The Fair Work Act 2009 ten mandatory standards for all employees

The Fair Work Act 2009 ten mandatory standards for all employees

The Fair Work Act 2009 is deemed as one of the most essential Commonwealth statutes, which govern or regulates the recruitment of mature age workers. According to Smith (2010), the act states the terms and conditions that an employment contract should incorporates, and at the same time, defines the responsibilities and the rights of each stakeholder including the employer, the employee, and any employee organization related to the employment in question. The act mentions ten standards, which are mandatory for every employee. The first standard is the maximum weekly hours of work. The act states that an employee ought to work for 38 hours per every week, plus any reasonable additional hours.

The second mandatory standard is the request for flexible nature of working arrangements. According to Smith (2010), this standard represents an entitlement that often allows the employee to request a change in his or her working arrangements as a result of named circumstances. These circumstances have been set out in the Fair Work Act 2009 (Smith, 2010).

The third standard is parental leave, as well as, any other related and relevant entitlement. The act clarifies that each particular employee is entitled to a period not exceeding 12 months of unpaid leave. On top of the twelve months, each employee is entitled to the right to request additional period (utmost 12 months) of unpaid leave and other forms of leaves that are related to paternity, maternity, along with adoption.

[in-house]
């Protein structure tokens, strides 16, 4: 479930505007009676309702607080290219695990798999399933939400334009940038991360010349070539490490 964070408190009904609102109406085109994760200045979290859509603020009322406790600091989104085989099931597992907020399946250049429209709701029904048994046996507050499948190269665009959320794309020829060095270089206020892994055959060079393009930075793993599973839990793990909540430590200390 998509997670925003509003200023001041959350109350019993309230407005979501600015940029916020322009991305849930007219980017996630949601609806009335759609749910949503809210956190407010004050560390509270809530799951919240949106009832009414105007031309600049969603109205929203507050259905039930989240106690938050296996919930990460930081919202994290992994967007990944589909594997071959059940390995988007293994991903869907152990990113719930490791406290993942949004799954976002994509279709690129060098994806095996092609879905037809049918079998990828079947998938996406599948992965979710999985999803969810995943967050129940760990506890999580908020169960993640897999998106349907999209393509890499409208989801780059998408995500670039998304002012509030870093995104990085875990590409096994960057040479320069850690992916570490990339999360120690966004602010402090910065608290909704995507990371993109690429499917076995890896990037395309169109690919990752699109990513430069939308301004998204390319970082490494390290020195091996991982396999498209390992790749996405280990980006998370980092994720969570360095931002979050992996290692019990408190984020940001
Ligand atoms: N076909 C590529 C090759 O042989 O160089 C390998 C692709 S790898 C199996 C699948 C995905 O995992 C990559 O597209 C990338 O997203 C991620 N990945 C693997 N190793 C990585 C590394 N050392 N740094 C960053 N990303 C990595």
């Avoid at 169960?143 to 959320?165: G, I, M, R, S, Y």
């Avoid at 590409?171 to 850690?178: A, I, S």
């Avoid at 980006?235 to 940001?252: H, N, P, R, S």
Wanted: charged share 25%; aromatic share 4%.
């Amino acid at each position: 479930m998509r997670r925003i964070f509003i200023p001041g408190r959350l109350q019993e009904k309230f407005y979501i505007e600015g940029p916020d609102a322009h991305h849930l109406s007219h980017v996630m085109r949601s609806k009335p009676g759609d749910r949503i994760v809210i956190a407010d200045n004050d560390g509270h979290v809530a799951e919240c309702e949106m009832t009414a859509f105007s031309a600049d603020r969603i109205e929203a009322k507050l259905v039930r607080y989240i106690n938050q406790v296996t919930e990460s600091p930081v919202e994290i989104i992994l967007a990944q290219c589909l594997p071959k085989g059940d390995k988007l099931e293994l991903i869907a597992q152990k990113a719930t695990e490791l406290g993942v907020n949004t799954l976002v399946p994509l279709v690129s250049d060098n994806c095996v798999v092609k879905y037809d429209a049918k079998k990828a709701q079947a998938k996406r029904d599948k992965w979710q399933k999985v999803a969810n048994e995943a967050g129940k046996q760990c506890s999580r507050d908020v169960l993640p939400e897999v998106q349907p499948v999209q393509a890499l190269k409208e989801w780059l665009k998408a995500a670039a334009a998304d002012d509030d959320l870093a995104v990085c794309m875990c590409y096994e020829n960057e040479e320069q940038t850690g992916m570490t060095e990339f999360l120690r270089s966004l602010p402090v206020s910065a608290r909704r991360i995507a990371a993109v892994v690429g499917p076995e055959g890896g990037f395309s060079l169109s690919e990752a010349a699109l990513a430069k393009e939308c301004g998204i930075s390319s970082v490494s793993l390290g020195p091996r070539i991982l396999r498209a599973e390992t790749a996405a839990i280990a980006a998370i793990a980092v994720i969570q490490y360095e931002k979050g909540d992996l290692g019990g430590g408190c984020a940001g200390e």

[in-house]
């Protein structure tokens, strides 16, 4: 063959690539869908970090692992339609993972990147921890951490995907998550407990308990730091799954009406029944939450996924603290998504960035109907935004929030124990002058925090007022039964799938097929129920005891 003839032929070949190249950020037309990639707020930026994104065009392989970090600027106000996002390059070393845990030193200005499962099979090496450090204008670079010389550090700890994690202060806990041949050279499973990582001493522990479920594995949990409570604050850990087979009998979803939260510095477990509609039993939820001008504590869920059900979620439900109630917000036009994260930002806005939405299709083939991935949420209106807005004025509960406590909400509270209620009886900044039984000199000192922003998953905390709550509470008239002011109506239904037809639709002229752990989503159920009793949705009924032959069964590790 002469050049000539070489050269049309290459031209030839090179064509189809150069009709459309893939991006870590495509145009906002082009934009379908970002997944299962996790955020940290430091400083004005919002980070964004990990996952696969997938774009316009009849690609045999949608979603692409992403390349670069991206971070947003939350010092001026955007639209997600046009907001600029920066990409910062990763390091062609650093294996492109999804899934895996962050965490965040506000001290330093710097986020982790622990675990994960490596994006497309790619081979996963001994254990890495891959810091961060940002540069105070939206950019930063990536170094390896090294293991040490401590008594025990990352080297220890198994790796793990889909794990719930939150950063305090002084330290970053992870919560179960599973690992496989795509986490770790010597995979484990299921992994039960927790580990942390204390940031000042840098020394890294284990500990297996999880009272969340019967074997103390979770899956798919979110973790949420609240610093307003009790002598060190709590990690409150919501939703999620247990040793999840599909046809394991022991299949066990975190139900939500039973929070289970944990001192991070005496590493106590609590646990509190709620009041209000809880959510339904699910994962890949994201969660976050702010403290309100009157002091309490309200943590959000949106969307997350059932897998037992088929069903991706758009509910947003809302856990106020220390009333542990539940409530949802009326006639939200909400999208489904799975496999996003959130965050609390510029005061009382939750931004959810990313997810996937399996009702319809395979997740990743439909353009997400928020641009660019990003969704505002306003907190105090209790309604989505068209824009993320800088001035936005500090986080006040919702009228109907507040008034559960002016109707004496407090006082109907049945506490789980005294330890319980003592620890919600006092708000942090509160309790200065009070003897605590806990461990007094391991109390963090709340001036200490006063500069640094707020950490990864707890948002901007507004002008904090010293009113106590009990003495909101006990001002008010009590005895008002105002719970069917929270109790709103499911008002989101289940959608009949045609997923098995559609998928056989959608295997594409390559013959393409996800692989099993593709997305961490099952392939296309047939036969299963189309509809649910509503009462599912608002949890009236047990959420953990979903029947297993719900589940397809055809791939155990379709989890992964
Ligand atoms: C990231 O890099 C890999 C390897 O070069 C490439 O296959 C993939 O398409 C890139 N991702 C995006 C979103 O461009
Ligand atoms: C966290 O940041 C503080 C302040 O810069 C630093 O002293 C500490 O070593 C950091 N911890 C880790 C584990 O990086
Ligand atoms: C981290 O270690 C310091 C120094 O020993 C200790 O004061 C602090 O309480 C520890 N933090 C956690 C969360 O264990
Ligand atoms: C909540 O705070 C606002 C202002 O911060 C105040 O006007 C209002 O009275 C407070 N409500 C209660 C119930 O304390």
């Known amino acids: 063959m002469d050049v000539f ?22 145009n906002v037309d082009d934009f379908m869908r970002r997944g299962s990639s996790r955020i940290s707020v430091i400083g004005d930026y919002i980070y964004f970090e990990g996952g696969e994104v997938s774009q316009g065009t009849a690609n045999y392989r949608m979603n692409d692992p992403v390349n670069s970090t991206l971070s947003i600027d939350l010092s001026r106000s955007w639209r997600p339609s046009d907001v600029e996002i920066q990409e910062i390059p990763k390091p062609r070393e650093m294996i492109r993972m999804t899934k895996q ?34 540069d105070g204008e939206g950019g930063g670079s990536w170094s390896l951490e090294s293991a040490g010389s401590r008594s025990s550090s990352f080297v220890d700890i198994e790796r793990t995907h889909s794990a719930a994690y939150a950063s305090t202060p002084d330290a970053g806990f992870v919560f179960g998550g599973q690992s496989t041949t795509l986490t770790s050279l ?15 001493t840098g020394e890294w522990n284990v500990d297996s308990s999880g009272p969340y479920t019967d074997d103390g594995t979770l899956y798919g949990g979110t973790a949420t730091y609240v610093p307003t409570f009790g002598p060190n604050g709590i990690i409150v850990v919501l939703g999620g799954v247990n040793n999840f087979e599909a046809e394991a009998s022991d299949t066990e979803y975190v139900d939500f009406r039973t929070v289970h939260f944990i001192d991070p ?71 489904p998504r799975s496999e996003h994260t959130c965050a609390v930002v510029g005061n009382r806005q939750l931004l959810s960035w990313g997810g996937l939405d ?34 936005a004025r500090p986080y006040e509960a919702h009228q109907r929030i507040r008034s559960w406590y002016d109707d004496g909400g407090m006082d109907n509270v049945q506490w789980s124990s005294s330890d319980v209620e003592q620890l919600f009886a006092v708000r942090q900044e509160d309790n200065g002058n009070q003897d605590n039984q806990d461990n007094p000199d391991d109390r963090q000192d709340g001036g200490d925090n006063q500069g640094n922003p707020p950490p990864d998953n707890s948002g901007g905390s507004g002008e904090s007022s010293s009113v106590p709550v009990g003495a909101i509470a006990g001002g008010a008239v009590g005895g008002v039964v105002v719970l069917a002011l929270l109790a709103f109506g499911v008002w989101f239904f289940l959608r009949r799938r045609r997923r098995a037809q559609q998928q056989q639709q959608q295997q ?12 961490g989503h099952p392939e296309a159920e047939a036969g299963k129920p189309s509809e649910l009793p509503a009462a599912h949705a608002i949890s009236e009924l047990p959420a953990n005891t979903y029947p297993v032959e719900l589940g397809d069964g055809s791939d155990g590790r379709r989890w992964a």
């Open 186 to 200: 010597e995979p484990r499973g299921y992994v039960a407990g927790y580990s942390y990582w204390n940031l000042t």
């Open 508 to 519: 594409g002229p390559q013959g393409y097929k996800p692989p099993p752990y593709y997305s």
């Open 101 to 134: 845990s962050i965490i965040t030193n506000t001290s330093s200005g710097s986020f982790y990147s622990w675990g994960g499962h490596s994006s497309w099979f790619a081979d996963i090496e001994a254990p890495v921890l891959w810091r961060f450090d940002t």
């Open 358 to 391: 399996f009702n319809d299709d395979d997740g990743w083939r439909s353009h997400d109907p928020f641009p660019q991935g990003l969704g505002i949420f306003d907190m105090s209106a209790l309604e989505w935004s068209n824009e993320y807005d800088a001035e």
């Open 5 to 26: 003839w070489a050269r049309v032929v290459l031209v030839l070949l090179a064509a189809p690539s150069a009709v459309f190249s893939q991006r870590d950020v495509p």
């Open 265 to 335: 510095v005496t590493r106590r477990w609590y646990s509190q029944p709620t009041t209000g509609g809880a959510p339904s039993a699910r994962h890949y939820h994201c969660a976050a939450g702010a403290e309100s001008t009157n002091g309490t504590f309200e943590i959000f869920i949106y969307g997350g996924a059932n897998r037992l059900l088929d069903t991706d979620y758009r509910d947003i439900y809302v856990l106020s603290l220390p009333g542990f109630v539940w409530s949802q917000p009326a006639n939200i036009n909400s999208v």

A further standard is the annual leave. The act clearly states that each employee is entitled to a minimum of four weeks of paid leave each particular year. Aside from this, an employer should provide an employee with an additional week, however for workers who work in shifts.

The fifth mandatory standard is personal/carer’s leave, alongside compassionate leave. The act defines this as a ten days paid persona/carer’s leave, plus two days of carer’s leave, however unpaid, and a compassionate leave of a further two days. The compassionate leave is paid, but unpaid on the part of casual laborers (McCrystal, 2010).

The sixth standard is known as the community service leave. This is defined as an unpaid leave often accorded to employees for their voluntary involvement in emergency activities. The entitlement also includes a leave for a jury service. However, for the jury service leave, an employee must be paid for a period not exceeding ten days. Where the jury service goes beyond ten days, the eleventh day onwards is not paid.

Another entitlement, as defined by the act, is the long service leave. As defined by the act, the standard is a transitional entitlement for employees as profiled in a pre-modernized award, which should be applicable, awaiting the creation of a uniform national long leave guideline (McCrystal, 2010).

Public holidays are also a standard that defines an entitlement for an employee. The standard states that a worker should be provided with a paid day off on every public holiday save for situations where the employer has reasonably requested him or her to work.

The ninth is acknowledged as a notice of termination and redundancy settlement. The act states that an employee must be provided with up to five weeks termination notice, as well as, up to sixteen weeks of severe pay in an event that a redundancy has been noted. In both cases, the length of period in which an employee has been in service is accounted for (McCrystal, 2010).

The last, but not least, standard is called the provision of a Fair Work Information Statement. The act mentions that each employee has to be provided with the statement by the employer, and that the statement should be comprised of data regarding the ten entitlements, the modern awards, the freedom of association right, agreement-making, transfer of business, and the union rights of entry among others (McCrystal, 2010).